• Should you have a second opinion with a surgeon who performs a greater number of lung cancer surgeries or does one of the newer less invasive procedures? (The outcome of lung cancer surgery is better at cancer centers which perform greater volumes of lung cancer surgery.)
  • How long will you be in the hospital?
  • How can you prepare for lung cancer surgery?
  • Does your physician recommend pulmonary rehabilitation either before or after surgery?
  • What complications may occur? Am I likely to have pain after surgery (such as postpneumonectomy pain or post-thoracotomy pain syndrome, and how are these managed?

Questions About Chemotherapy, Targeted Therapies, and Immunotherapy

  • How often will you receive your treatments (or take a pill in the case of targeted therapies)?
  • How long will you be receiving the treatment?
  • How will your cancer be monitored, and how often, during treatment?
  • What are the common side effects of these treatments?
  • When should you call your doctor?

Questions About Clinical Trials

The National Cancer Institute recommends that people with lung cancer should consider taking part in a clinical trial. There are many clinical trials in place studying newer treatments for lung cancer, and in some cases, the only treatment for particular genetic changes in tumors is via a clinical trial.

  • Are there any clinical trials that your doctor is aware of which may fit with your specific cancer type? It is difficult for any physician to stay up to date on all of the clinical trials going on around the world. Fortunately, many of the lung cancer organizations have gone together to form a free clinical trial matching service in which a nurse navigator can help you determine if there is a clinical trial that would fit for you anywhere in the world.

Questions About Symptom Managment

  • Who should you call if you have any symptoms or questions about your treatment? Who will be managing your care?
  • What can be done about specific symptoms, such as a cough, shortness of breath, or pain?
  • Are there any integrative treatments (alternative medicine treatments) which could be helpful in managing your symptoms?  Keep in mind that some vitamin and mineral preparations may interfere with treatments and that you should always talk to your doctor about any over-the-counter or nutritional supplements/herbs you wish to take.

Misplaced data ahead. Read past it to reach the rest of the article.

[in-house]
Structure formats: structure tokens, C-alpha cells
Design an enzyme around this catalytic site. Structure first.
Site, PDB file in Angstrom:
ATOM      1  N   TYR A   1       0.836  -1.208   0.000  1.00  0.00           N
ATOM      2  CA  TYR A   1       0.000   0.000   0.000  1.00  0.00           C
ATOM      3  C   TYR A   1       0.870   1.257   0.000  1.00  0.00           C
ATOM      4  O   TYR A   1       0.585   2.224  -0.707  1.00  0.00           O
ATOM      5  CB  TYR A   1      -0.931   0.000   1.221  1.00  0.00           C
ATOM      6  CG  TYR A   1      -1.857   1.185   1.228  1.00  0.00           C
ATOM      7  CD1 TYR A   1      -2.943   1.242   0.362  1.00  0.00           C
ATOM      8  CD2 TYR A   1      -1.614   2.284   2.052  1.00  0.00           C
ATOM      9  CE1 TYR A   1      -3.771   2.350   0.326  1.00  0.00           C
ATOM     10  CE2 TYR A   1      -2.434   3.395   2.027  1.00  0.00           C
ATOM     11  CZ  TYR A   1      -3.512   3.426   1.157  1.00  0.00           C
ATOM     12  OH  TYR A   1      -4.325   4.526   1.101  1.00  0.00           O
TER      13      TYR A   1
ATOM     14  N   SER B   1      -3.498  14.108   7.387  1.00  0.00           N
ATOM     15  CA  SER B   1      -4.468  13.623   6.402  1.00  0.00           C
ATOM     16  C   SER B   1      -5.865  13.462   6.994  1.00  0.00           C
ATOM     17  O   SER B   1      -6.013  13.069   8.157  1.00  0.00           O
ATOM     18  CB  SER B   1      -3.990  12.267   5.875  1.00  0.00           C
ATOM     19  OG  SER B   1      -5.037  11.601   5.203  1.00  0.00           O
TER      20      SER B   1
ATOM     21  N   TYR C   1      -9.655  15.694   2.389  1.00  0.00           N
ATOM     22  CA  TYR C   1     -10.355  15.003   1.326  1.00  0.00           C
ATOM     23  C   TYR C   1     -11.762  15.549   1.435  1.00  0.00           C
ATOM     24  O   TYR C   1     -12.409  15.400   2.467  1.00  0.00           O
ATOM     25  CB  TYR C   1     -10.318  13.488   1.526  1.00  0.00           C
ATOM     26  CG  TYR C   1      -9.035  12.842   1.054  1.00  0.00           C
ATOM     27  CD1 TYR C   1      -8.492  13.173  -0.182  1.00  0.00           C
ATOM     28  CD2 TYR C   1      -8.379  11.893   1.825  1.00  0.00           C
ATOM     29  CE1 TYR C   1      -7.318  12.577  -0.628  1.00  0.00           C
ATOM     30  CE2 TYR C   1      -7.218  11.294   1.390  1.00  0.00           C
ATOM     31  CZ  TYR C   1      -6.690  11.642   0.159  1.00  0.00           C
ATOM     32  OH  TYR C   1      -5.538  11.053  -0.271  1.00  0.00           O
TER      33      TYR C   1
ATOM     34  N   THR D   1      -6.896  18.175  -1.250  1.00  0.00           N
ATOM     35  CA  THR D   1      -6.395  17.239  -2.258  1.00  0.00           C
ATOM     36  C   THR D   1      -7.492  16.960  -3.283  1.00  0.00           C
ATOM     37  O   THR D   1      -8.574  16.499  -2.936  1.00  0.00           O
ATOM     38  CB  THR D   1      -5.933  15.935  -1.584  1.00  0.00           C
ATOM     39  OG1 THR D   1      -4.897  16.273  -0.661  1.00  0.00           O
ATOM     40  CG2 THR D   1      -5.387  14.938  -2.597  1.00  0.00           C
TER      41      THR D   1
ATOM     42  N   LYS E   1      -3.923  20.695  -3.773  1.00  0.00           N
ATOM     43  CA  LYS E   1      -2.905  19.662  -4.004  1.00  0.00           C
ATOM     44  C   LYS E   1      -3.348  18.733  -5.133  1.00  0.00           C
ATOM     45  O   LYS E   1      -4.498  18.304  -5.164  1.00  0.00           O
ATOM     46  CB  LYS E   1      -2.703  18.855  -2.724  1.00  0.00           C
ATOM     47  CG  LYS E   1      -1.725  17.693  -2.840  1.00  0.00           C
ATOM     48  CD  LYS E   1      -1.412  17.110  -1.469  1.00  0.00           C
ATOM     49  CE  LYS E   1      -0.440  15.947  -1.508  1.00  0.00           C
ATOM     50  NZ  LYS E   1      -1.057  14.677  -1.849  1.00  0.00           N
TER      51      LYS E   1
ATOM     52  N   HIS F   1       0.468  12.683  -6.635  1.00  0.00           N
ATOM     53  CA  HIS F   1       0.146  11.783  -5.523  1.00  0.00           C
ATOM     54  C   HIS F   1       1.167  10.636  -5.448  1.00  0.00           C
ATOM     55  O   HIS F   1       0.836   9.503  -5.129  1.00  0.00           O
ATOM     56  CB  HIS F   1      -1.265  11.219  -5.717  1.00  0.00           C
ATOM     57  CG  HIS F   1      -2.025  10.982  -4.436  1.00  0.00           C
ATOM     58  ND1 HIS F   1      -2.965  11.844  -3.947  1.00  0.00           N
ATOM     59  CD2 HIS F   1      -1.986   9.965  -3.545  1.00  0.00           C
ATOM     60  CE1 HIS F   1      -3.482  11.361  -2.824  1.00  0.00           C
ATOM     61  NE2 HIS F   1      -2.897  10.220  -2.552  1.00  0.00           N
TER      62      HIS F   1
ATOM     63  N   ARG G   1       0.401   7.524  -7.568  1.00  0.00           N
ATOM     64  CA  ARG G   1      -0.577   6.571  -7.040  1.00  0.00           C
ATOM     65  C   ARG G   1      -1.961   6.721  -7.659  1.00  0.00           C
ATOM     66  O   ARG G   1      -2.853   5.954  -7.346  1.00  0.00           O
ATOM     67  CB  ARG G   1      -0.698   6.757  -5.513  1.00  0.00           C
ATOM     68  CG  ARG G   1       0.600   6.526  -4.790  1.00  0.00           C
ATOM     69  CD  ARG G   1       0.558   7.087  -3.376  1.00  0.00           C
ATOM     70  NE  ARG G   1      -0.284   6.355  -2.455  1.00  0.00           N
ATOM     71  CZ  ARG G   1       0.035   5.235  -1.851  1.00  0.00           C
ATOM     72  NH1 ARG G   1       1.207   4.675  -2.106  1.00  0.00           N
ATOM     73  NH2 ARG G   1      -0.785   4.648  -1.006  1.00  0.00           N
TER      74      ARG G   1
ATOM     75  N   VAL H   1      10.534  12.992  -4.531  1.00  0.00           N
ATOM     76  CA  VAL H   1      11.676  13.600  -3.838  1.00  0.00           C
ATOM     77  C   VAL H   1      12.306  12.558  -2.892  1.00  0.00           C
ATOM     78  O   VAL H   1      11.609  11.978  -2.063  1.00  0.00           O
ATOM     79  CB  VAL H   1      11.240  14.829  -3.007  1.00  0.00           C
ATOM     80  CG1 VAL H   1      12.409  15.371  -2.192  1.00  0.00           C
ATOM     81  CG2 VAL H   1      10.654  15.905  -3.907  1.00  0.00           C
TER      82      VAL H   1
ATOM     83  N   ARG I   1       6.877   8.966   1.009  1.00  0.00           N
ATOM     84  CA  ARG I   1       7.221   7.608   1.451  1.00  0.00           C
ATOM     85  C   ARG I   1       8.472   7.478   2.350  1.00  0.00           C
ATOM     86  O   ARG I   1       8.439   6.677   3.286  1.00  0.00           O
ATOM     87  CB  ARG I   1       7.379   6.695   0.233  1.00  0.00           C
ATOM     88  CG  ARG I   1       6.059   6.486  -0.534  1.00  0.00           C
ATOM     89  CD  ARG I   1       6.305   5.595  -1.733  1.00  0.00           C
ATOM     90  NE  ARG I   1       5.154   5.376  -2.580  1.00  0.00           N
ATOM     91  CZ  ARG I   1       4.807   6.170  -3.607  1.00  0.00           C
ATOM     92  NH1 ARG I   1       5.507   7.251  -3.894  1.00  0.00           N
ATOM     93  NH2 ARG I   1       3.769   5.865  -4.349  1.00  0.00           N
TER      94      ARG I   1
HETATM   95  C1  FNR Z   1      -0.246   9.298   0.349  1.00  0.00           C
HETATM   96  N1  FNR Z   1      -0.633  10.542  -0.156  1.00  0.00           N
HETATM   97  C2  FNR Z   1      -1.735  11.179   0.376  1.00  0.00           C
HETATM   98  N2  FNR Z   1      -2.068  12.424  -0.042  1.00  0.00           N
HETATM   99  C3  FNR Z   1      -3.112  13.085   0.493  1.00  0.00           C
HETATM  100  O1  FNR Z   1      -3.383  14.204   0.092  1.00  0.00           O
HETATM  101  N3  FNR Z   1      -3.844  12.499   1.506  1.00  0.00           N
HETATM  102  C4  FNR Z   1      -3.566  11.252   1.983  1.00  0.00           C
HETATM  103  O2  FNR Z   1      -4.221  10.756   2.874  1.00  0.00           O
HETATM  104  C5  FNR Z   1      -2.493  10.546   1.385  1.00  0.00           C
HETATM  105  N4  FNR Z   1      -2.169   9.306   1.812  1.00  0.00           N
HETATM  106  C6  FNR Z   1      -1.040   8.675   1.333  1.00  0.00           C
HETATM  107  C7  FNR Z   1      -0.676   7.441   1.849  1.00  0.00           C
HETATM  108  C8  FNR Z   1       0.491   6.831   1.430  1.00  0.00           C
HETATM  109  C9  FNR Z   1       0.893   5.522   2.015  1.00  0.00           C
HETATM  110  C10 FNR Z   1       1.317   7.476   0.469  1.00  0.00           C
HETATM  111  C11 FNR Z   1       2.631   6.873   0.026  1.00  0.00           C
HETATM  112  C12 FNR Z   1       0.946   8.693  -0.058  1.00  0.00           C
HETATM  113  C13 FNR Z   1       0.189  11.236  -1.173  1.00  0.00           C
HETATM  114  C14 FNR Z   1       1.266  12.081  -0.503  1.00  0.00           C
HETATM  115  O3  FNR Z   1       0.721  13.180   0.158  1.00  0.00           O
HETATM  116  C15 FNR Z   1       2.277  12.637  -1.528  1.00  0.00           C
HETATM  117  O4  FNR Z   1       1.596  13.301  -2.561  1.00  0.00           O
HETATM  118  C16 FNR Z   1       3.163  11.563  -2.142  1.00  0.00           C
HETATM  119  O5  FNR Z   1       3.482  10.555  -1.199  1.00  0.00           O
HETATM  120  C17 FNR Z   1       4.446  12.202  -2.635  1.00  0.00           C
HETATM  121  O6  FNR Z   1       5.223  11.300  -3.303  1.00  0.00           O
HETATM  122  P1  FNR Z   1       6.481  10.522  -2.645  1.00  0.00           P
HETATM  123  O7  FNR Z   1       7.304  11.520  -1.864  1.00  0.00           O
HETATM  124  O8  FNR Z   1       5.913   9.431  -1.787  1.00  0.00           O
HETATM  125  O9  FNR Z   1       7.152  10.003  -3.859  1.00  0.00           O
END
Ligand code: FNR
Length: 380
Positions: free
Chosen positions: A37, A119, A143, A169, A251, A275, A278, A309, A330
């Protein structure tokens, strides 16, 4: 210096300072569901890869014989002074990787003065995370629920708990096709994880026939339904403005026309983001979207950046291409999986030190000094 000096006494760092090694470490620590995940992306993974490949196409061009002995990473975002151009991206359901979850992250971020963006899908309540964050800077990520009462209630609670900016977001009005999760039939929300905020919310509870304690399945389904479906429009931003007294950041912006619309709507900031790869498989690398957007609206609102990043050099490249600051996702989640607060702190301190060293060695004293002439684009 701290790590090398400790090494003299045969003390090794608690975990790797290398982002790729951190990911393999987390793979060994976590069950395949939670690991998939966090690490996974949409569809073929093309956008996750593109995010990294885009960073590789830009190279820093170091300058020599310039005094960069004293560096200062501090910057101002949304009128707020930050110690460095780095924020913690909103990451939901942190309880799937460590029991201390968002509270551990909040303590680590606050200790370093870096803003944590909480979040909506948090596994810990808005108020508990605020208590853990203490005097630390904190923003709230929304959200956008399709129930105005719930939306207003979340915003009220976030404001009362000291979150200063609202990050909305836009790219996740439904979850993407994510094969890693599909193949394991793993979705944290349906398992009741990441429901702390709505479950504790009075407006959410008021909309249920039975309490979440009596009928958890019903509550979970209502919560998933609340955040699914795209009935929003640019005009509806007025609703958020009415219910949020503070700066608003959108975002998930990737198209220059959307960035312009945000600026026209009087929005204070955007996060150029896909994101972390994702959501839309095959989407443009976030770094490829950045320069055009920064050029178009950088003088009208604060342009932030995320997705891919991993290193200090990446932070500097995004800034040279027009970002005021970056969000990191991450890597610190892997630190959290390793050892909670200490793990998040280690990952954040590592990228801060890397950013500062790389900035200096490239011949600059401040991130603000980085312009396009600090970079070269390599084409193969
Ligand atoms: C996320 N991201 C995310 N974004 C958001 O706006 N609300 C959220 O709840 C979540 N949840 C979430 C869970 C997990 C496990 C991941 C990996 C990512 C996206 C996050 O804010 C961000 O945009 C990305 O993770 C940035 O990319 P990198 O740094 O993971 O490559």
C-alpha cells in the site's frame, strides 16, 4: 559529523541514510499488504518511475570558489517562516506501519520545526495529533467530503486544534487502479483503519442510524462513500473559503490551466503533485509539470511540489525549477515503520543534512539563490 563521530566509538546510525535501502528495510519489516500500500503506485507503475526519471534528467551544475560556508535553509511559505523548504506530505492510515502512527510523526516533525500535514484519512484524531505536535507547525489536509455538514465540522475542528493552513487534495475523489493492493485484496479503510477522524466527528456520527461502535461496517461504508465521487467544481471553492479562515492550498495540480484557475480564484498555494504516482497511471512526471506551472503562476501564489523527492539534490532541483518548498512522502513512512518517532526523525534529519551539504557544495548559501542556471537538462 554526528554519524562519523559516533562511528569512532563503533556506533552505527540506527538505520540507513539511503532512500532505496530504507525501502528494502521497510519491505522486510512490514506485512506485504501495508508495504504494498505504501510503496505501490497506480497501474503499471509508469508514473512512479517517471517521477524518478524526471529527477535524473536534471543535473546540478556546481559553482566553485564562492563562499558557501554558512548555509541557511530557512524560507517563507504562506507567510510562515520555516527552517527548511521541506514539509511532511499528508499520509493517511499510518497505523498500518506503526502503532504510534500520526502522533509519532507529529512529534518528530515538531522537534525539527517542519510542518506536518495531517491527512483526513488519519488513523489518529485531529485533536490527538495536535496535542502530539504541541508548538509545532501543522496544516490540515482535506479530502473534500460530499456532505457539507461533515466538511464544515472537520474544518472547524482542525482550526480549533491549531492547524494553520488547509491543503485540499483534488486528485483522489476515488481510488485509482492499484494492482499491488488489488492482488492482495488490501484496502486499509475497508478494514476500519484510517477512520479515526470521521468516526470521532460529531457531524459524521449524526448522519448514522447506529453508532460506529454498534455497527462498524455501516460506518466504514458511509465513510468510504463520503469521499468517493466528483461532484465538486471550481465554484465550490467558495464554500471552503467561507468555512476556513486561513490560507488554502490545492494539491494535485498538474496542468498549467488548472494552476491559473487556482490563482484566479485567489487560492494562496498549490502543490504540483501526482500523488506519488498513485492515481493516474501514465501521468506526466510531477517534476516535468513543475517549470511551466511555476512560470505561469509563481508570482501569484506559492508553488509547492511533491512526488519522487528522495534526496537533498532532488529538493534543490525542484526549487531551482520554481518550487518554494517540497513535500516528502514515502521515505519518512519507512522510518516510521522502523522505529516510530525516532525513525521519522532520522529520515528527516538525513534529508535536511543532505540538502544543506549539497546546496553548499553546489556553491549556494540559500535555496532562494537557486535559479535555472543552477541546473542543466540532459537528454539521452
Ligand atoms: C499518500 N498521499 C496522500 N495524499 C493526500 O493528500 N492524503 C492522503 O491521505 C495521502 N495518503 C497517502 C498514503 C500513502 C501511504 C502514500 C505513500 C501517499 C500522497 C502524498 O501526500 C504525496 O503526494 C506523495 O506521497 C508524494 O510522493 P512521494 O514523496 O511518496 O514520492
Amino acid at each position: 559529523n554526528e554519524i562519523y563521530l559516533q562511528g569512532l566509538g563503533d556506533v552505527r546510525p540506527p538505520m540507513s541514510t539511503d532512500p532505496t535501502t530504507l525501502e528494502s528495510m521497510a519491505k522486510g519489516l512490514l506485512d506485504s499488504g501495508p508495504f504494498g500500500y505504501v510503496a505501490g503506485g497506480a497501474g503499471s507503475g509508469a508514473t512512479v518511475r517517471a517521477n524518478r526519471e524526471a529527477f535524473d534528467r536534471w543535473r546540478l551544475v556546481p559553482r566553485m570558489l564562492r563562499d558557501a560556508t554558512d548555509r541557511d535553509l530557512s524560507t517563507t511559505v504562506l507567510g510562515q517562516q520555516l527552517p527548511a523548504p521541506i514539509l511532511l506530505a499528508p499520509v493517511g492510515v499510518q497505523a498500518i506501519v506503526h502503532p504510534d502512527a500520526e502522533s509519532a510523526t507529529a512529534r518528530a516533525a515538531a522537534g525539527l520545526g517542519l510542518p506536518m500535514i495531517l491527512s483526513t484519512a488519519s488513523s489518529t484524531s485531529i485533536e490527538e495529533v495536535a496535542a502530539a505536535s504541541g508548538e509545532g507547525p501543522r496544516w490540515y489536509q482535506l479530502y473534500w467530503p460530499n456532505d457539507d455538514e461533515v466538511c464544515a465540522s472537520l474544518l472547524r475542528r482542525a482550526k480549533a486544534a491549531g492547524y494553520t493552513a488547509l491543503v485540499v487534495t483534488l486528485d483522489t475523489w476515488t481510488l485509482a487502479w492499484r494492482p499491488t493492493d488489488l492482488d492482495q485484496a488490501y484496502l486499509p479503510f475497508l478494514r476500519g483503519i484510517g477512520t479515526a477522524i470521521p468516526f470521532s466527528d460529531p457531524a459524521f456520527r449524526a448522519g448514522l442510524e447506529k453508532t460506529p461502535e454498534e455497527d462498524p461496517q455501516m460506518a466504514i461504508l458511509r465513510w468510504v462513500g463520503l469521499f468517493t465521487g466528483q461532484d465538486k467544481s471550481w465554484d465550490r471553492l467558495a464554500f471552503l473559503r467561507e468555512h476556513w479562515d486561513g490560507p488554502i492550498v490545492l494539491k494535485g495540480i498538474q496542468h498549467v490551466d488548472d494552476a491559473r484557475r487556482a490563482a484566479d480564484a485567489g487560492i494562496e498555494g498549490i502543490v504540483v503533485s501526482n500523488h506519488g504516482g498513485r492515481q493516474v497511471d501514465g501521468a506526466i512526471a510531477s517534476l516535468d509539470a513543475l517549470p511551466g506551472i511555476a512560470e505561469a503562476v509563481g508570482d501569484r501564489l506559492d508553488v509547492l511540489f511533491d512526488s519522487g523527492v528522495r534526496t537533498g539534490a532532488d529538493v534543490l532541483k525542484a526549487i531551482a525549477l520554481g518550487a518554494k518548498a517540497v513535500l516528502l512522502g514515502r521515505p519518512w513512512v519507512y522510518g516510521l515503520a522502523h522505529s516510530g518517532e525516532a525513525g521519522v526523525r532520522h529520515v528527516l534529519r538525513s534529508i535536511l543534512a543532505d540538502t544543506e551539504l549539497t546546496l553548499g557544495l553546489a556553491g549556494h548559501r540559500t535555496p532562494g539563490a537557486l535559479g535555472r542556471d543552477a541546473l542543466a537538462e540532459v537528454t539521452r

• What symptoms are considered an emergency with lung cancer?

Questions If Your Cancer Progresses or Spreads

  • What are the next steps (and the steps beyond that) which are available for treating your cancer?
  • Should you have a repeat biopsy of your tumor (or in the case of EGFR mutations, a liquid biopsy) to see how your tumor has changed?
  • What are the side effects and what can you expect with these treatments?
  • When should you stop cancer treatment? (There are several more questions to consider if you are thinking of stopping treatment.)

Question About Follow-Up After Treatment

Once you have been diagnosed, you will still be followed periodically by your oncologist even after your cancer treatment is done. There are further questions you may wish to ask about follow-up care after lung cancer.

A Word From Verywell

It can be overwhelming to face the amount of material thrown in front of you the minute you are diagnosed with cancer. It would be difficult enough managing this new information even without the emotions of a diagnosis of cancer.

Lean on friends and loved ones. Learn to accept help. There is a very active lung cancer support community which can be a strong source of support, help you digest the mounds of information in front of you, and help you learn about new treatments.

A positive point is that there is often time to both learn about your diagnosis and make the difficult decisions.

If it is your loved one who has recently been diagnosed, check out these thoughts on "when your loved one has lung cancer.

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  • American Cancer Society. When Someone You Know Has Cancer. Updated 04/29/16.